Written in honor of yesterday’s Holocaust Remembrance Day, but something I think about often.
I grew up in Skokie, Illinois (and still consider it my hometown). I did not know at the time but was informed as an adult (by my wiser older sister) that Skokie had the largest number of Holocaust survivors (at one point in time). In elementary school, I learned about Hanukkah, the miracle of the one-day supply of oil lasting for eight days, and latkes on microfilm. Holocaust survivors came to speak to our classes. (I don’t think I fully comprehended the gravity and significance of all this when I was little, but do now, looking back and am so grateful for these experiences.)
As an added bonus, we got all the Jewish holidays off of school and I got to try Jewish cuisine! My first time trying latkes (potato pancakes) was when my classmate’s mom brought them into our class. My immediate thought was ‘you can eat potatoes with apple sauce?!?!?! This is amazing!’ They are a brilliant combination indeed and are to this day, one of my favorite foods.
In third grade, my family moved to the Northwest Suburbs. I quickly learned things were different and that my experience in Skokie had been very special. The first day I walked into my class, I was the only Asian American in my classroom. (My classmates in Skokie were of diverse cultures and backgrounds, and I was definitely not the only Asian. We may even have been part of the majority.) Jewish holidays were not openly discussed or celebrated. Worse of all, we did not get the Jewish holidays off of school! I sorely missed Skokie, Illinois.
Fast-forward a few years and I got to celebrate my friend from Skokie’s bat mitzvah. Fast-forward a few more years and religion became the focus of my studies in college. I took courses like Introduction to Judaism (where I tried coconut macaroons for the first time and learned about traditions such as Kosher, Jewish burial, and I vaguely remember something about the Passover Haggadah being distributed with Folgers Coffee); Philosophy and Revelation (taught by a Jewish professor who brought in hamantasch, which are pastries shaped like Haman’s hat, for the celebration of Purim); and even tried my hand at Hebrew (one of my favorite classes, taught by a wonderful Jewish professor who also taught Hebrew school to little kids.) For some reason, I felt it important to visit the Hillel House and observe Shabbat with my classmates and professors. Many years after college, I experienced my first Passover Seder in Pasadena, California. I like to think growing up in Skokie influenced these decisions and my interest in Judaism, as did my own religious upbringing, even though I was brought up Christian.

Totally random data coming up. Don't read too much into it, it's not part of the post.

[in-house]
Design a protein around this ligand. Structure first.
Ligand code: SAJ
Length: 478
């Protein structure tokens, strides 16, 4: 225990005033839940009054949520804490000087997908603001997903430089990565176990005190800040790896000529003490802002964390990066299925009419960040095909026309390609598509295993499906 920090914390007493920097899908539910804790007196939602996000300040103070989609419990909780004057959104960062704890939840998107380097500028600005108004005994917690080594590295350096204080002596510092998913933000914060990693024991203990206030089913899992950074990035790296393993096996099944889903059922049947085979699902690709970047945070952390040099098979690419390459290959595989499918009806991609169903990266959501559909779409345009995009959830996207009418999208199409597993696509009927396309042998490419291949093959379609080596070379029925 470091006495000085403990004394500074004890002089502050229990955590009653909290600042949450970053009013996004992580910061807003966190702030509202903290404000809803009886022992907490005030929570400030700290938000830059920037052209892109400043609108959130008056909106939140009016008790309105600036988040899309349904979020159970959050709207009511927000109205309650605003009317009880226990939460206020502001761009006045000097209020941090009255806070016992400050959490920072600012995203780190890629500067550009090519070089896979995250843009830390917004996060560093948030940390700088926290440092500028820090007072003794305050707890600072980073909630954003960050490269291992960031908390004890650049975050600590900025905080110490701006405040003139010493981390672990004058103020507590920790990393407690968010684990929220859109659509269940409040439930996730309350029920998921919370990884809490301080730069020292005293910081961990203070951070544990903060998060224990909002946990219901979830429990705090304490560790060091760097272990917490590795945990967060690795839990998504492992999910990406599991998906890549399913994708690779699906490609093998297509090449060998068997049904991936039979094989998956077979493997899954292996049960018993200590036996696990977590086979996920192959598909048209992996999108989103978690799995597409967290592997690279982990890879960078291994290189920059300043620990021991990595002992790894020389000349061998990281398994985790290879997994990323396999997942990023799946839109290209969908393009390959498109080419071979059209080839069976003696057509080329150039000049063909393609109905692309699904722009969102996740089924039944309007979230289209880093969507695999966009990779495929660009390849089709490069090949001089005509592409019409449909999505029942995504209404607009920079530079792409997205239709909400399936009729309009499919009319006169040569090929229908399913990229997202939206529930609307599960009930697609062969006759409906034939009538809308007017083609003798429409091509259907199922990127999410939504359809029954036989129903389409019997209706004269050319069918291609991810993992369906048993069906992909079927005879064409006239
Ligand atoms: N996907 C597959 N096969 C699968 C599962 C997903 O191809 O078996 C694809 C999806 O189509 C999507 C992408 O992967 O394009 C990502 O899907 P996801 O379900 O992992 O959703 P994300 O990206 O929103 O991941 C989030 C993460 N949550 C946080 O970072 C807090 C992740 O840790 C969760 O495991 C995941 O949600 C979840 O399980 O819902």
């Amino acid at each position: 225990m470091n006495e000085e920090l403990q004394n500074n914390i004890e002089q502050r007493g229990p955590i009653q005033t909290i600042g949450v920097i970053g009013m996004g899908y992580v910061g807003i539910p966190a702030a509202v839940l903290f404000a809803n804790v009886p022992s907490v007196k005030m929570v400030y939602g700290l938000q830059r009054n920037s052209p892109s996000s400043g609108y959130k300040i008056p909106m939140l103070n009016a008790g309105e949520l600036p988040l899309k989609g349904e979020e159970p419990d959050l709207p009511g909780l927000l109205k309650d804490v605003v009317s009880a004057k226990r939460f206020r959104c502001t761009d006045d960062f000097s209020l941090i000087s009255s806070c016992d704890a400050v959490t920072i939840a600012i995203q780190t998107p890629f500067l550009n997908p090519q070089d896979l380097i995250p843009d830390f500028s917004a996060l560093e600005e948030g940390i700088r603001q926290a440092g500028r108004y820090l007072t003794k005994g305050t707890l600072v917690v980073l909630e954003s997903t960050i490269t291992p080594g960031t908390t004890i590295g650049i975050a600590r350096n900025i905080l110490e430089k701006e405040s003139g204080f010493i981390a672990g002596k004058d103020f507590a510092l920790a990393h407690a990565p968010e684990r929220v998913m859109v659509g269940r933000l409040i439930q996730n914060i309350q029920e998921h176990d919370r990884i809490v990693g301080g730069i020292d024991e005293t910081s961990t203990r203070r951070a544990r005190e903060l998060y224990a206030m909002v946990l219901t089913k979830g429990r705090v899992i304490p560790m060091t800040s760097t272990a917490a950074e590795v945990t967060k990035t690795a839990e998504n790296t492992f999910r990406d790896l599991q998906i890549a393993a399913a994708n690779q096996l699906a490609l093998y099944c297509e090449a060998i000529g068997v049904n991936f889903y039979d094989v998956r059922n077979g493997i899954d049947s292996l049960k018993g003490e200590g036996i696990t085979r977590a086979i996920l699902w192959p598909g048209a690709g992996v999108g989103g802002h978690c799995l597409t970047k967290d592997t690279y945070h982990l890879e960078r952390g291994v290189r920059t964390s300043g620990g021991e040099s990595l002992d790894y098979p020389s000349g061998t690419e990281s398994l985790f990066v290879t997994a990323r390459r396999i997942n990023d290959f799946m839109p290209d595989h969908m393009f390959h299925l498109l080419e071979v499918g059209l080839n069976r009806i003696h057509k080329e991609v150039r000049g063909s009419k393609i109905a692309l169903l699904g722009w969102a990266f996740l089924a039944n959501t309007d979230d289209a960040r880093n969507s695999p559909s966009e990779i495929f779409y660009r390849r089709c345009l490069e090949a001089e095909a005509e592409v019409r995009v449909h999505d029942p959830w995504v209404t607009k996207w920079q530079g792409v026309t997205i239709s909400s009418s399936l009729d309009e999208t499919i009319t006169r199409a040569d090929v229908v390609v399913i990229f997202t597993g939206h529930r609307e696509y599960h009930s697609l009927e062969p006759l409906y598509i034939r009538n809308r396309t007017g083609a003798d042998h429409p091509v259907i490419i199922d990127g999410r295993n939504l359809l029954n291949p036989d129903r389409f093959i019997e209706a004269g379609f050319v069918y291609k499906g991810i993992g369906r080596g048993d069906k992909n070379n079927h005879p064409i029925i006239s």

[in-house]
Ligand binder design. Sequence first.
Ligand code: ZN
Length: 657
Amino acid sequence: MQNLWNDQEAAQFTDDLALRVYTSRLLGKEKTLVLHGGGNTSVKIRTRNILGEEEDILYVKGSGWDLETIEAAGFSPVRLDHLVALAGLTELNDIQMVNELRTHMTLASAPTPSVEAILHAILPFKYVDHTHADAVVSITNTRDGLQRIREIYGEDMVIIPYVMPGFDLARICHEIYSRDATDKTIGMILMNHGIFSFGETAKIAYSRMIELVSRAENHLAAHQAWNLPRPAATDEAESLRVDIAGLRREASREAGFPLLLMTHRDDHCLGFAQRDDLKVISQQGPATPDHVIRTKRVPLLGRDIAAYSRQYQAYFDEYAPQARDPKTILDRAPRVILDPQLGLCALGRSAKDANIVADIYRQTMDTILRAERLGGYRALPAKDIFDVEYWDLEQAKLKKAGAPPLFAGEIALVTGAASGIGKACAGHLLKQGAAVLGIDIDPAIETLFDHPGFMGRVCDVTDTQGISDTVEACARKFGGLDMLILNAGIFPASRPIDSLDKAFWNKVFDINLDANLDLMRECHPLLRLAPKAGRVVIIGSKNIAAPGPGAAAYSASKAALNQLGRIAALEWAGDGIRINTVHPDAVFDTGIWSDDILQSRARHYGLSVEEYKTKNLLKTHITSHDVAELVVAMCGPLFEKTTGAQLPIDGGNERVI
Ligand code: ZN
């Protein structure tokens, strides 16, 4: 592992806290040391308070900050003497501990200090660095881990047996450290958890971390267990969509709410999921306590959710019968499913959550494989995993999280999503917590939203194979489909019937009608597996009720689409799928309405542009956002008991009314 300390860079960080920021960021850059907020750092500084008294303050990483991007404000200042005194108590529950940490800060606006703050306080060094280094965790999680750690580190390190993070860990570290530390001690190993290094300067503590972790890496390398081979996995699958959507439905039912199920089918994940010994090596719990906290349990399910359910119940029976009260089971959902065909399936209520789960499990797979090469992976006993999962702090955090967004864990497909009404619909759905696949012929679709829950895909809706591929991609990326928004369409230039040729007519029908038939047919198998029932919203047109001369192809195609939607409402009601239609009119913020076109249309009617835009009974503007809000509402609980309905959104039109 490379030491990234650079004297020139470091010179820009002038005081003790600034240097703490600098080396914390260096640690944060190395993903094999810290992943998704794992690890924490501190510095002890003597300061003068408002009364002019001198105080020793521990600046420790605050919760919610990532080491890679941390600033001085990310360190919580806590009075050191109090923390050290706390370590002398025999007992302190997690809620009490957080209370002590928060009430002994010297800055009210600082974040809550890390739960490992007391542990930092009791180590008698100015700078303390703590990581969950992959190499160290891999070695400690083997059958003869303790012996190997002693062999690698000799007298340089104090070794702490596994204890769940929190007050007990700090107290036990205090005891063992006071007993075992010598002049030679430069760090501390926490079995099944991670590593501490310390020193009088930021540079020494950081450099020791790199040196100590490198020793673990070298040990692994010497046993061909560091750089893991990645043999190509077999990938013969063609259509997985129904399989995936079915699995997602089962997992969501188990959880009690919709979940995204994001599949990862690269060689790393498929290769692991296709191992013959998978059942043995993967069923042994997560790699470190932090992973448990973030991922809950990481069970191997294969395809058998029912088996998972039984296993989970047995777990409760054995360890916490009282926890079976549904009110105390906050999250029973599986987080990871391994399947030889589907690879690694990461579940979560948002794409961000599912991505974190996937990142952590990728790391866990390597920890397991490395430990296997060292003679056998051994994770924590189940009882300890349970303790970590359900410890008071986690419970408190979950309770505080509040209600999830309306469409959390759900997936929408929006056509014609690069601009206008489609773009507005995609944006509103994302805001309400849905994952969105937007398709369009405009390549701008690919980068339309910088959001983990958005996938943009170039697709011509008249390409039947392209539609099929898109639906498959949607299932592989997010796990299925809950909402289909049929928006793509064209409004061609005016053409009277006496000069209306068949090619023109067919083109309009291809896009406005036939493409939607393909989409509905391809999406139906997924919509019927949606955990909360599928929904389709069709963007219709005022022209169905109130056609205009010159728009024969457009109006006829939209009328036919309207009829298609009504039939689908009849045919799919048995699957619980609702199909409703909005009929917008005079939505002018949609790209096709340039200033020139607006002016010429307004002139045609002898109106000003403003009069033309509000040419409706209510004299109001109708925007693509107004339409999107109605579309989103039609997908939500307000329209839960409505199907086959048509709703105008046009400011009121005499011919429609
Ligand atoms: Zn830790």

When I went to law school in California, I was surprised to run into Skokie, Illinois in a case from the 70’s about Neo-Nazis wanting to put on a march in Skokie wearing Nazi uniforms, displaying swastikas. Again, Skokie had the largest number of Holocaust survivors. (One in six residents was a survivor or was directly related to one.)¹ Of course, being the person I am, with the morals and background that I do, I thought putting on the march was flat-out wrong—racist, offensive, and it also probably brought back horrendous memories for residents who survived the Holocaust. Basically, it went against every fiber of my being and my moral compass. The Neo-Nazis, represented by the ACLU, won and it was decided that they were able to put on their racist march. I thought this decision was wrong (but that’s probably why Con Law II – First Amendment was not my strongest subject in law school). At the end of the day though, they didn’t carry out their march in Skokie and did so in Chicago instead.
As an adult, I reflect back on all these memories and feel like I was part of something very special, albeit in a small and insignificant way, just for having lived in Skokie and having interacted with the survivors who were actually there on the front lines and lived out a very momentous part of history. I feel very proud to have had brief but very significant interactions with them. Growing up in Skokie, Illinois had a profound impact on my childhood and life and I am ever grateful for all the memorable experiences that ultimately formed and shaped who I am today. I am thankful to have a friend who lives in Skokie and get to visit from time to time. I was very excited when the Illinois Holocaust Museum in Skokie first opened and I look forward to visiting one day (hopefully soon).